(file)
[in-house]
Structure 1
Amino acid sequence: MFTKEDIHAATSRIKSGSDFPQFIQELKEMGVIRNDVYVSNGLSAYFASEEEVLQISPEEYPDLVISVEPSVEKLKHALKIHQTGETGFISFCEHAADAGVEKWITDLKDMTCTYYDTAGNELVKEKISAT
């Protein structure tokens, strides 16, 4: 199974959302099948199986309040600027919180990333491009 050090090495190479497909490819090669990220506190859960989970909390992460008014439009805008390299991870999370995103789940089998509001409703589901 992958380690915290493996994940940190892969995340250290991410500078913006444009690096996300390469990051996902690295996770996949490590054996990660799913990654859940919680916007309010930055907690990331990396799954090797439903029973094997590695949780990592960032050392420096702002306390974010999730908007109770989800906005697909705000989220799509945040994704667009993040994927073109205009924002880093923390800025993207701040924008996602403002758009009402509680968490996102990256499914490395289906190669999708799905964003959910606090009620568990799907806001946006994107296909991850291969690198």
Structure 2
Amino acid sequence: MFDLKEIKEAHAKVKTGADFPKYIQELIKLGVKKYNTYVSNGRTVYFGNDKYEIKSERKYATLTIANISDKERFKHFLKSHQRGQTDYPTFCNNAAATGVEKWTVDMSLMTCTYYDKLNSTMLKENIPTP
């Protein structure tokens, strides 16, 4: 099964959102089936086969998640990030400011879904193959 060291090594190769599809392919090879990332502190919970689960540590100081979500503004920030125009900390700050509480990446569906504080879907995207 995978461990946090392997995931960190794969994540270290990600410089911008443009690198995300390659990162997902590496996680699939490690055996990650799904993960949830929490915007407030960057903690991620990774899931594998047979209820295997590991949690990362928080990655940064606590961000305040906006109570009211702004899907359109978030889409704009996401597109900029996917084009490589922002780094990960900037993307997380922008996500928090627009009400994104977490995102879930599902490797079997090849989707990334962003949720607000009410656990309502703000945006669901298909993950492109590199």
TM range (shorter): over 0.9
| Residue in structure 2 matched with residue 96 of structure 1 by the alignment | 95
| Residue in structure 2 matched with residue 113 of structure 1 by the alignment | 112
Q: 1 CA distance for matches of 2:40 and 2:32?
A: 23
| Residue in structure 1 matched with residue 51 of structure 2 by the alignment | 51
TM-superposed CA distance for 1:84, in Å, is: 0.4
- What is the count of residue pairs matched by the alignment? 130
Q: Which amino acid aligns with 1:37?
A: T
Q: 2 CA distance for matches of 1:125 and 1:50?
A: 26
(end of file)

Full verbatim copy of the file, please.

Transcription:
[in-house]
Structure 1
Amino acid sequence: MFTKEDIHAATSRIKSGSDFPQFIQELKEMGVIRNDVYVSNGLSAYFASEEEVLQISPEEYPDLVISVEPSVEKLKHALKIHQTGETGFISFCEHAADAGVEKWITDLKDMTCTYYDTAGNELVKEKISAT
């Protein structure tokens, strides 16, 4: 199974959302099948199986309040600027919180990333491009 050090090495190479497909490819090669990220506190859960989970909390992460008014439009805008390299991870999370995103789940089998509001409703589901 992958380690915290493996994940940190892969995340250290991410500078913006444009690096996300390469990051996902690295996770996949490590054996990660799913990654859940919680916007309010930055907690990331990396799954090797439903029973094997590695949780990592960032050392420096702002306390974010999730908007109770989800906005697909705000989220799509945040994704667009993040994927073109205009924002880093923390800025993207701040924008996602403002758009009402509680968490996102990256499914490395289906190669999708799905964003959910606090009620568990799907806001946006994107296909991850291969690198």
Structure 2
Amino acid sequence: MFDLKEIKEAHAKVKTGADFPKYIQELIKLGVKKYNTYVSNGRTVYFGNDKYEIKSERKYATLTIANISDKERFKHFLKSHQRGQTDYPTFCNNAAATGVEKWTVDMSLMTCTYYDKLNSTMLKENIPTP
């Protein structure tokens, strides 16, 4: 099964959102089936086969998640990030400011879904193959 060291090594190769599809392919090879990332502190919970689960540590100081979500503004920030125009900390700050509480990446569906504080879907995207 995978461990946090392997995931960190794969994540270290990600410089911008443009690198995300390659990162997902590496996680699939490690055996990650799904993960949830929490915007407030960057903690991620990774899931594998047979209820295997590991949690990362928080990655940064606590961000305040906006109570009211702004899907359109978030889409704009996401597109900029996917084009490589922002780094990960900037993307997380922008996500928090627009009400994104977490995102879930599902490797079997090849989707990334962003949720607000009410656990309502703000945006669901298909993950492109590199």
TM range (shorter): over 0.9
| Residue in structure 2 matched with residue 96 of structure 1 by the alignment | 95
| Residue in structure 2 matched with residue 113 of structure 1 by the alignment | 112
Q: 1 CA distance for matches of 2:40 and 2:32?
A: 23
| Residue in structure 1 matched with residue 51 of structure 2 by the alignment | 51
TM-superposed CA distance for 1:84, in Å, is: 0.4
- What is the count of residue pairs matched by the alignment? 130
Q: Which amino acid aligns with 1:37?
A: T
Q: 2 CA distance for matches of 1:125 and 1:50?
A: 26